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Publication numberUS4111242 A
Publication typeGrant
Application numberUS 05/799,941
Publication dateSep 5, 1978
Filing dateMay 24, 1977
Priority dateMay 24, 1977
Publication number05799941, 799941, US 4111242 A, US 4111242A, US-A-4111242, US4111242 A, US4111242A
InventorsRonald H. Jacobson, Brian J. Miller
Original AssigneeJacobson Ronald H, Miller Brian J
Export CitationBiBTeX, EndNote, RefMan
External Links: USPTO, USPTO Assignment, Espacenet
Wire wrapping and cut-off tool
US 4111242 A
Abstract
A tool for wrapping wire on a terminal post which includes a rod-like member having an axial end face with a terminal pin receiving bore therein. A configuration on the axial end face is provided to cause wire to wrap around the terminal when the rod is rotated. A slot open to the periphery of the rod is provided communicating with the axial end face, the slot lying on an angle to the axis. The slot extends partway through the rod forming a periphery which is axially spaced from the end face and which is axially arcuate on a radius having a center point at or spaced outward from the axial end face. The slot is adapted to receive the wire. The rod is axially movable with respect to a cut-off formed as an axial open end of a tubular member receiving the rod.
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Claims(3)
We claim:
1. In a wire wrapping tool having an axial end face with a bore therein for receiving a terminal pin around which a wire is to be wrapped and an end face configuration adapted to cause a wire to wrap around the pin upon rotation of the tool, the improvement of a blind slot extending partially through a body of the tool less than the full width of the body having one slot end open to the axial end face adjacent the bore and another slot end open to a periphery of the body spaced from the axial end face with a throat opening to the slot at the periphery of the axial end face, the body being elongated and the slot extending into the body transversely of the longitudinal extent thereof terminating interiorly of the body, the slot having a wire positioning means such that when a wire is received in the slot with wire ends exiting the slot at both the axial end face and at the periphery, the slot wire positioning means will prevent wire movement towards the throat when the wire is positioned at a certain point in the slot and when the wire projecting from the periphery undergoes movement towards the axial end face.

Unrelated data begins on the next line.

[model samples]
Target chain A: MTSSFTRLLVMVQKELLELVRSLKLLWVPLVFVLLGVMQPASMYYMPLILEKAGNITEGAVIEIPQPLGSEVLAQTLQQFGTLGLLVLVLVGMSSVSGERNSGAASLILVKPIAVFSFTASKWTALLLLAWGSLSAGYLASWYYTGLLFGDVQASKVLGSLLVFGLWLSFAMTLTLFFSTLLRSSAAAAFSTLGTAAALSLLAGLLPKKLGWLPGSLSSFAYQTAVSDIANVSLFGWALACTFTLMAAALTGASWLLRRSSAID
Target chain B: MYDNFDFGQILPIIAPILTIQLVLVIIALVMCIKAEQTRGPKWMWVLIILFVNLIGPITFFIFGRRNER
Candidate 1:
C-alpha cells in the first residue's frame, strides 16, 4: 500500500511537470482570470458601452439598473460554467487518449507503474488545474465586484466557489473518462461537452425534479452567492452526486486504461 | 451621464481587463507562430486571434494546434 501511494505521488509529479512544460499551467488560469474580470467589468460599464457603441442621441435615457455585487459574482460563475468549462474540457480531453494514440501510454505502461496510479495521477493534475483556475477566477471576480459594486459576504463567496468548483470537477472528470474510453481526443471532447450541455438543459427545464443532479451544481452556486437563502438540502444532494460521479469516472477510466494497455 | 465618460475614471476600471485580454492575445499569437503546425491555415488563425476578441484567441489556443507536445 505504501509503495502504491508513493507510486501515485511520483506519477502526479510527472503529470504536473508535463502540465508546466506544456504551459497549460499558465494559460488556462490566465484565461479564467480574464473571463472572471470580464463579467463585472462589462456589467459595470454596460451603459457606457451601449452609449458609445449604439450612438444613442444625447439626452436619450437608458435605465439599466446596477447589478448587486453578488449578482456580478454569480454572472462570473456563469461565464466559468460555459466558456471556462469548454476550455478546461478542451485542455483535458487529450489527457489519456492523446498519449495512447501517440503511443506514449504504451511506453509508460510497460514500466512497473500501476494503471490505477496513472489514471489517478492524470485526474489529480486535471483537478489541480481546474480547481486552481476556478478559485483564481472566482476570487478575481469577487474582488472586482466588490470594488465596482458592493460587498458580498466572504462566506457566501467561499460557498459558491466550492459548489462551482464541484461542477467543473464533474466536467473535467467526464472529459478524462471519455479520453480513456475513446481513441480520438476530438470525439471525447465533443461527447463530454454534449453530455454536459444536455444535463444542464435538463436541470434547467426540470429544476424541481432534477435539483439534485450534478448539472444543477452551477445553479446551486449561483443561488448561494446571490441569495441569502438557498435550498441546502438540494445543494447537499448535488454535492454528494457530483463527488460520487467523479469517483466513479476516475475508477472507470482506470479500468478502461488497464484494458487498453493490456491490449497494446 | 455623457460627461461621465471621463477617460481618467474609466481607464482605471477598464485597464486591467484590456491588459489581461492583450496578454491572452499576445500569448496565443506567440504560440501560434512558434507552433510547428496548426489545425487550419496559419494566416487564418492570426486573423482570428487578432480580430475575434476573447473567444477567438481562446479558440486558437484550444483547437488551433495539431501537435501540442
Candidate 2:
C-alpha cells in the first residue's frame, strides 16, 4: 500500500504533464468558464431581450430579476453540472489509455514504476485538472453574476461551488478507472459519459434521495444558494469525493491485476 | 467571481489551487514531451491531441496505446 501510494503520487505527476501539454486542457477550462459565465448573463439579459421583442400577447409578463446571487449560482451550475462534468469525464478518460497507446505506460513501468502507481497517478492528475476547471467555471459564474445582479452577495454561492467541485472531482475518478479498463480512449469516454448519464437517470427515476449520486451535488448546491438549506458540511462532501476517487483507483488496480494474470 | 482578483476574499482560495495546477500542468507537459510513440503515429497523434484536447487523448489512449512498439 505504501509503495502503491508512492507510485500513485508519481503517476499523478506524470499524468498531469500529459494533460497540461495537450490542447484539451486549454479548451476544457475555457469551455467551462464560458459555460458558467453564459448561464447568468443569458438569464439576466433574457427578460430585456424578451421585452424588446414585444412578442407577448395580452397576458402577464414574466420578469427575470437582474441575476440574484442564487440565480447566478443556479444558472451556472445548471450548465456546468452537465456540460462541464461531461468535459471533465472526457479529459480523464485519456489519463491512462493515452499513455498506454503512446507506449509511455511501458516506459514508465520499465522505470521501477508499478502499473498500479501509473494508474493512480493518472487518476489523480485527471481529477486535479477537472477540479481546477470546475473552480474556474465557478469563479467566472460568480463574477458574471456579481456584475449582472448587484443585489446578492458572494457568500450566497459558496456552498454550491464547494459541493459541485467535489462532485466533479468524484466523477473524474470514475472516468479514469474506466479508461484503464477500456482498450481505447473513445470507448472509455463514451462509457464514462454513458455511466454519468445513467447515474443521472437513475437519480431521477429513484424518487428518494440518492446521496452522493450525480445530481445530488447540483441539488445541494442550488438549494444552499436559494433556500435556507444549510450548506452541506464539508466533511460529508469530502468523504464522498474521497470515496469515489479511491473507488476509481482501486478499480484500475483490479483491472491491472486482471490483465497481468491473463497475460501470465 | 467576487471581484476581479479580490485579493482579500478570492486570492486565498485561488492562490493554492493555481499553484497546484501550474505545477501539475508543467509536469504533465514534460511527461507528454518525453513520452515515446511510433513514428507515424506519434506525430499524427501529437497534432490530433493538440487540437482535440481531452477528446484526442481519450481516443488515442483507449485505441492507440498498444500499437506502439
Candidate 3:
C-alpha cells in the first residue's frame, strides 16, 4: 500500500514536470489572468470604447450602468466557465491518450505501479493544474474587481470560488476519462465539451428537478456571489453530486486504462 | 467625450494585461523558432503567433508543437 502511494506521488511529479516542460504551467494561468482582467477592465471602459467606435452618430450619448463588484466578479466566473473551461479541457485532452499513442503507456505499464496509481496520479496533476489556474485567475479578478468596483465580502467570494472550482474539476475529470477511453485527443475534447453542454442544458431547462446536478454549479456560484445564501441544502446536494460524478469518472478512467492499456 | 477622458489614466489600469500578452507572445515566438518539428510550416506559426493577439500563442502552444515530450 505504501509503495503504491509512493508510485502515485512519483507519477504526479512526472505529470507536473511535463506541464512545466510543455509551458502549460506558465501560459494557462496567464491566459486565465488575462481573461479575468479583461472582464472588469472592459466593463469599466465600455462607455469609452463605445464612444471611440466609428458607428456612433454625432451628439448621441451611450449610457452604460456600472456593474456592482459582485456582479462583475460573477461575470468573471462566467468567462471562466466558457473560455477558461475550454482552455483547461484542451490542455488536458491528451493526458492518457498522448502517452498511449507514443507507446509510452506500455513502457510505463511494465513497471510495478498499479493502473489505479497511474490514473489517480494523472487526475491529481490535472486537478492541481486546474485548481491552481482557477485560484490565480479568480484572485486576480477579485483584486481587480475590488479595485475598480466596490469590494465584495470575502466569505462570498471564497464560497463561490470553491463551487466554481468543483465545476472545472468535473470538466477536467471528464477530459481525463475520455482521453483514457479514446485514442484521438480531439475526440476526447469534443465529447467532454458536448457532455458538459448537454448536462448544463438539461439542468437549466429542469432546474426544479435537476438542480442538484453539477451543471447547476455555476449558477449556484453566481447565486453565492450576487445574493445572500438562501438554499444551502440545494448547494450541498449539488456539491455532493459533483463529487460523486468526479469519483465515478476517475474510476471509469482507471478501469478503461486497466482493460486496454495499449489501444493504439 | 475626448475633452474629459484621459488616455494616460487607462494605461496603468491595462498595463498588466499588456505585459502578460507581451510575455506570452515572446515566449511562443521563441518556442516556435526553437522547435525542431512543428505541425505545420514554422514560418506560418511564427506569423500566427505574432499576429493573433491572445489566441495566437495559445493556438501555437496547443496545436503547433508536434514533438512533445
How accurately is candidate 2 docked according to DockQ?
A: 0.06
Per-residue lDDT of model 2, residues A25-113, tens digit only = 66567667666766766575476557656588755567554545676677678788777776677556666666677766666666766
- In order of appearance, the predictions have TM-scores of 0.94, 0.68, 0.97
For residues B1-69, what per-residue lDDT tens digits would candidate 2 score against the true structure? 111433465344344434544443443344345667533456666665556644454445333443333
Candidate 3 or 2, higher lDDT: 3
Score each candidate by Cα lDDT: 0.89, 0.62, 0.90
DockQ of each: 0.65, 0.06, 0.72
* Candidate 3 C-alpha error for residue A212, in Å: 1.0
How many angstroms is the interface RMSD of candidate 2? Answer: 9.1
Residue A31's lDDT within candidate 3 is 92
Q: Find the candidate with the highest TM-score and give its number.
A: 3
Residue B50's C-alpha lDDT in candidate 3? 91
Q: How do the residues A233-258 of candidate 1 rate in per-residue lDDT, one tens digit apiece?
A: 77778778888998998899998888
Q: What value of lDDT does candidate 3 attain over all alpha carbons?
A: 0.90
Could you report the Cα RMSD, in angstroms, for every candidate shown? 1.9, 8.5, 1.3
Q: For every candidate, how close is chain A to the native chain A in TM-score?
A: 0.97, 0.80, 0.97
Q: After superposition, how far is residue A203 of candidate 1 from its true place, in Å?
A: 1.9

2. A wire wrapping and cut-off tool comprising a cylindrical body having a terraced end face with an axial high portion and an axial low portion with a wall joining the portions, a pin receiving axial bore extending into the body at the wall substantially centrally of the end face, a transverse blind slot extending chordally into the body from the periphery of the body at an angle to the axis open to the end face at the low portion adjacent the wall and to the periphery axially spaced from the end face with a land between the end face and the slot, the land defining a blind end of the slot closer to the end face than slot periphery opening portions intermediate the blind end and throat, the land providing a point like tip at the throat for directing a wire into the throat thence into the slot and an outer sleeve around said body on a side of the slot periphery opening opposite the end face, the sleeve having a cut-off edge surronding the body, the cut-off edge movable towards the end face to cut off a wire end trapped at the blind end.
3. The tool of claim 2 wherein the wall is angled to an axis of the body, the axial bore enxtends into the body through the wall, the slot having an inside face thereof defined by a body wall which is an extension of the wall joining the portions, the slot being chamfered back to enlarge the throat opening, the chamfer reducing the circumferential extent of the high portion.
Description
BACKGROUND OF THE INVENTION

1. Field of the Invention

This invention relates to tools and more particularly to a wire winding tool.

2. Prior Art